Released in 1977, the album Pythagoron consisted of electronic sounds that supposedly stimulated certain brain waves, thereby allowing the listener to get high, without the use of drugs. The Hum blog offers more details:

While obscure, Pythagoron’s sole LP – a distillation of fine art, drug culture, high New Age thinking, and musical Minimalism, is a near perfect image of the outer reaches of its era. Privately issued in 1977 – sold via advertisements in High Times, the album’s origins are mysterious – thought to be a product of USCO (The Company Of Us), one of the earliest multimedia art collectives based in New York – pioneers in the field of immersive sound and light environments...

The album is intended to get the listener high – the aural mirror to Brion Gysin’s Dream Machines, and the step beyond La Monte Young. Capitalizing on the the tonal precision allowed by synthesizers – it attempts to harness the resonant interaction of sound and brainwave patterns to induce states of euphoria – the precursor of more recent efforts in binaural beats and neural oscillation.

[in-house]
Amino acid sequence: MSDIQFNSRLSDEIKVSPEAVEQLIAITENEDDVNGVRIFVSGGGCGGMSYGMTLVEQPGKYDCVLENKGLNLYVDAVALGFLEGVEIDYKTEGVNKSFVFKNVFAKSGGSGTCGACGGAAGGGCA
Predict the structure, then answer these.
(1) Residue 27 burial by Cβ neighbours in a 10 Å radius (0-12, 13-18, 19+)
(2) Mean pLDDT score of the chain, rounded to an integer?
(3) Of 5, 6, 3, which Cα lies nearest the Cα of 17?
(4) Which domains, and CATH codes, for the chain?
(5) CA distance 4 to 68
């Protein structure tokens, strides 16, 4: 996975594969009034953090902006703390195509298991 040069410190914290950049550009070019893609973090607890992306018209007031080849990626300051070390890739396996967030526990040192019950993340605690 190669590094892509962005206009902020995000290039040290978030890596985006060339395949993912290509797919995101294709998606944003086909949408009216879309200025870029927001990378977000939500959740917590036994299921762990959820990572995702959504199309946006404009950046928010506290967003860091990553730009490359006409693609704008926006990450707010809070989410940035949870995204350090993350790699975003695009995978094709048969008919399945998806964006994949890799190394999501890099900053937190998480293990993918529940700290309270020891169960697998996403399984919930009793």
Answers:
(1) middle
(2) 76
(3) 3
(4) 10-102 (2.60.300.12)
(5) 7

Posted By: Alex - Fri Jun 11, 2021
     Category: Drugs | Psychedelic | Music | 1970s

Maybe I'm weird or something (don't answer that!), but this doesn't do anything for me, either positively or negatively. Like all ASMR (and let's be clear, this is ASMR) it doesn't get me high, it doesn't get me down, it just bores me. Am I missing something here?
Posted by Richard Bos on 06/12/21 at 02:26 PM
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